Published on September 26th, 2019
Animal activists invade a laboratory with the intention of releasing chimpanzees that are undergoing experimentation, infected by a virus -a virus that causes rage.
The naive activists ignore the pleas of a scientist to keep the cages locked, with disastrous results.
Twenty-eight days later, our protagonist, Jim, wakes up from a coma, alone, in an abandoned hospital. He begins to seek out anyone else to find London is deserted, apparently without a living soul.
After finding a church, which had become inhabited by zombie-like humans intent on his demise, he runs for his life.
Selena and Mark rescue him from the horde and bring him up to date on the mass carnage and horror as all of London tore itself apart.
This is a tale of survival and ultimately, heroics, with nice subtext about mankind’s savage nature.
Watch Trailer Of Movie “28 Days Later” Here
Movie Reviews: “28 Days Later”
Movie Review: Chicago Reader
In terms of plot, this postapocalyptic horror tale about an epidemic that decimates most of England is pretty familiar stuff, the most obvious referents being Richard Matheson’s I Am Legend, its various movie spin-offs, and George Romero’s zombie pictures.
But Danny Boyle’s purposeful direction and Mark Tildesley’s imaginative and resourceful production design keep this fresh and edgy; the images of a wasted London and the details of a paramilitary organization in the countryside are both creepy and persuasive.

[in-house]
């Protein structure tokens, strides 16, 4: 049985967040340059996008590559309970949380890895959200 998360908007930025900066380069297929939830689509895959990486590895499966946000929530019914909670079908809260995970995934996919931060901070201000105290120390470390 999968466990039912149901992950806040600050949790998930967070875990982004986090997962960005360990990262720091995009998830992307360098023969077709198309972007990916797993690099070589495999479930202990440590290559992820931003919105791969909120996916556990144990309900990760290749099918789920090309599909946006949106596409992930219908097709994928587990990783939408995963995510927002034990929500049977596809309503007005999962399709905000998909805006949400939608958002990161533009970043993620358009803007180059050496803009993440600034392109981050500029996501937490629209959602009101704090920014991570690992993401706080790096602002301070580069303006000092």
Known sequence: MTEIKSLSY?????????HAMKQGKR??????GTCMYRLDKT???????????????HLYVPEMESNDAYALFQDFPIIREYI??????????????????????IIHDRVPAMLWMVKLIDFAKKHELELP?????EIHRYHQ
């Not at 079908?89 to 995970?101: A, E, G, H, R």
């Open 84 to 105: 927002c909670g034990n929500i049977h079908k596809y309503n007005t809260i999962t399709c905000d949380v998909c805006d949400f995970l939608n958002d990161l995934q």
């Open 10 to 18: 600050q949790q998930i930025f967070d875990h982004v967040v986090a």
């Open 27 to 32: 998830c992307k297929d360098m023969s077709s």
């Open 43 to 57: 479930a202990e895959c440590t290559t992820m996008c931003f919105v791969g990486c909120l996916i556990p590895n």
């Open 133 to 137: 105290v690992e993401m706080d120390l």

Alex Garland wrote the script, and the effective cast includes Cillian Murphy, Naomie Harris, Christopher Eccleston, Megan Burns, and Brendan Gleeson.
Movie Review: A.V.CLUB
Television veteran Danny Boyle began his filmmaking career with the double bang of Shallow Grave and Trainspotting but continued it with a whimper (The Beach, the disastrous A Life Less Ordinary, the aborted Alien Love Triangle).
Boyle’s latest film, 28 Days Later, follows a similar pattern, getting off to a terrifying start before devolving into gory bloodshed and ham-fisted allegory.
The script came from Alex Garland, who wrote the novel on which The Beach was based, and while those two films are miles apart in terms of budgets and genres, they have surprisingly similar themes.
Each dissects a makeshift society that’s set apart from the rest of civilization, and that crumbles due to the cruelty inherent in human nature.
Movie Review: FILM COMMENT
The movie starts with the usual sci-fi tropes: mankind’s experiments go haywire with destructive results. The epidemic begins with chimps infected with “rage” (as part of research into what we presume is a cure for violent impulses) liberated by animal rights activists.
The film then cuts to a young man named Jim (Cillian Murphy) waking up from a 28-day coma following a car accident. Finding the hospital abandoned, he walks out and wanders through the empty London streets.
With few exceptions, those who haven’t fled the country after the outbreak are either dead or have become “the infected.” And it is with these survivors—Selena (Naomi Harris), widowed Frank (Brendan Gleeson), and his teenage daughter Hannah (Megan Burns)—that Jim will struggle to stay alive.
The group sleeps amidst debris in deserted buildings, eats canned food gleaned from an abandoned supermarket, fights off the Infected, and worries about having to kill one another in the event that one of them becomes contaminated.